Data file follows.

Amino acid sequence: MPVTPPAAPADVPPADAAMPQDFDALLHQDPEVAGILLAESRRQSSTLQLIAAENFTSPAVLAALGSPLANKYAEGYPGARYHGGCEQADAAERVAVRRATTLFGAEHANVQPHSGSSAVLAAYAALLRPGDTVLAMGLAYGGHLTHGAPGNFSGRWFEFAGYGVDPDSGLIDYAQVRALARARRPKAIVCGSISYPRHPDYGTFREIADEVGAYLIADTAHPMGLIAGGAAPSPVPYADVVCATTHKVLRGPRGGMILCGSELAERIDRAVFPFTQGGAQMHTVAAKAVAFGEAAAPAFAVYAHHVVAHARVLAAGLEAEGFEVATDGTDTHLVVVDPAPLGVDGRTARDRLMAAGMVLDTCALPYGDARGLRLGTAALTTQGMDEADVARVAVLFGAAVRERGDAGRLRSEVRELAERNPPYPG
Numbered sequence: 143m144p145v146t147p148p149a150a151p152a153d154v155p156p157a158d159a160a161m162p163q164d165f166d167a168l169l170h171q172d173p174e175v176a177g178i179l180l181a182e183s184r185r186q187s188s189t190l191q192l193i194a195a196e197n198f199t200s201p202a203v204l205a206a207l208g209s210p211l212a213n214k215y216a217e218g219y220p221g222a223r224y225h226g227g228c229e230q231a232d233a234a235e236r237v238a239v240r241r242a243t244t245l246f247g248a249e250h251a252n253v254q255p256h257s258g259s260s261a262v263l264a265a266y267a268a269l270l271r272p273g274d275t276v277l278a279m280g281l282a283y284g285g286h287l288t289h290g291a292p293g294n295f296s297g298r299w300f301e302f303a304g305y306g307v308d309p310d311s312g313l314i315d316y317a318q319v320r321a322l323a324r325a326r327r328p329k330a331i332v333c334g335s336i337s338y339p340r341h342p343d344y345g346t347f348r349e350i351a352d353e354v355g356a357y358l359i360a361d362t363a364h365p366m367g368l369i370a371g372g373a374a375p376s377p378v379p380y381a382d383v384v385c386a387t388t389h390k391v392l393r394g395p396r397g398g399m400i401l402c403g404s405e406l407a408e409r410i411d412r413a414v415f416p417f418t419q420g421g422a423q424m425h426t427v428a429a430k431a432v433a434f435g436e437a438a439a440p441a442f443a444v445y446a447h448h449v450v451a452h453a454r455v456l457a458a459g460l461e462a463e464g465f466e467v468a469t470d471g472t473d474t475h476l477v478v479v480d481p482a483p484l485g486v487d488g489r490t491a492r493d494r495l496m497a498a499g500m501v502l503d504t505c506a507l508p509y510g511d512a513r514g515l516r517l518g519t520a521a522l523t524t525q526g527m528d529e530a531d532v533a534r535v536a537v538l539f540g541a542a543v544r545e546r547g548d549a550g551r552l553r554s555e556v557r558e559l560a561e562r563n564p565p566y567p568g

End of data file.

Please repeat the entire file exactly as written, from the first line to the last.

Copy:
Amino acid sequence: MPVTPPAAPADVPPADAAMPQDFDALLHQDPEVAGILLAESRRQSSTLQLIAAENFTSPAVLAALGSPLANKYAEGYPGARYHGGCEQADAAERVAVRRATTLFGAEHANVQPHSGSSAVLAAYAALLRPGDTVLAMGLAYGGHLTHGAPGNFSGRWFEFAGYGVDPDSGLIDYAQVRALARARRPKAIVCGSISYPRHPDYGTFREIADEVGAYLIADTAHPMGLIAGGAAPSPVPYADVVCATTHKVLRGPRGGMILCGSELAERIDRAVFPFTQGGAQMHTVAAKAVAFGEAAAPAFAVYAHHVVAHARVLAAGLEAEGFEVATDGTDTHLVVVDPAPLGVDGRTARDRLMAAGMVLDTCALPYGDARGLRLGTAALTTQGMDEADVARVAVLFGAAVRERGDAGRLRSEVRELAERNPPYPG
Numbered sequence: 143m144p145v146t147p148p149a150a151p152a153d154v155p156p157a158d159a160a161m162p163q164d165f166d167a168l169l170h171q172d173p174e175v176a177g178i179l180l181a182e183s184r185r186q187s188s189t190l191q192l193i194a195a196e197n198f199t200s201p202a203v204l205a206a207l208g209s210p211l212a213n214k215y216a217e218g219y220p221g222a223r224y225h226g227g228c229e230q231a232d233a234a235e236r237v238a239v240r241r242a243t244t245l246f247g248a249e250h251a252n253v254q255p256h257s258g259s260s261a262v263l264a265a266y267a268a269l270l271r272p273g274d275t276v277l278a279m280g281l282a283y284g285g286h287l288t289h290g291a292p293g294n295f296s297g298r299w300f301e302f303a304g305y306g307v308d309p310d311s312g313l314i315d316y317a318q319v320r321a322l323a324r325a326r327r328p329k330a331i332v333c334g335s336i337s338y339p340r341h342p343d344y345g346t347f348r349e350i351a352d353e354v355g356a357y358l359i360a361d362t363a364h365p366m367g368l369i370a371g372g373a374a375p376s377p378v379p380y381a382d383v384v385c386a387t388t389h390k391v392l393r394g395p396r397g398g399m400i401l402c403g404s405e406l407a408e409r410i411d412r413a414v415f416p417f418t419q420g421g422a423q424m425h426t427v428a429a430k431a432v433a434f435g436e437a438a439a440p441a442f443a444v445y446a447h448h449v450v451a452h453a454r455v456l457a458a459g460l461e462a463e464g465f466e467v468a469t470d471g472t473d474t475h476l477v478v479v480d481p482a483p484l485g486v487d488g489r490t491a492r493d494r495l496m497a498a499g500m501v502l503d504t505c506a507l508p509y510g511d512a513r514g515l516r517l518g519t520a521a522l523t524t525q526g527m528d529e530a531d532v533a534r535v536a537v538l539f540g541a542a543v544r545e546r547g548d549a550g551r552l553r554s555e556v557r558e559l560a561e562r563n564p565p566y567p568g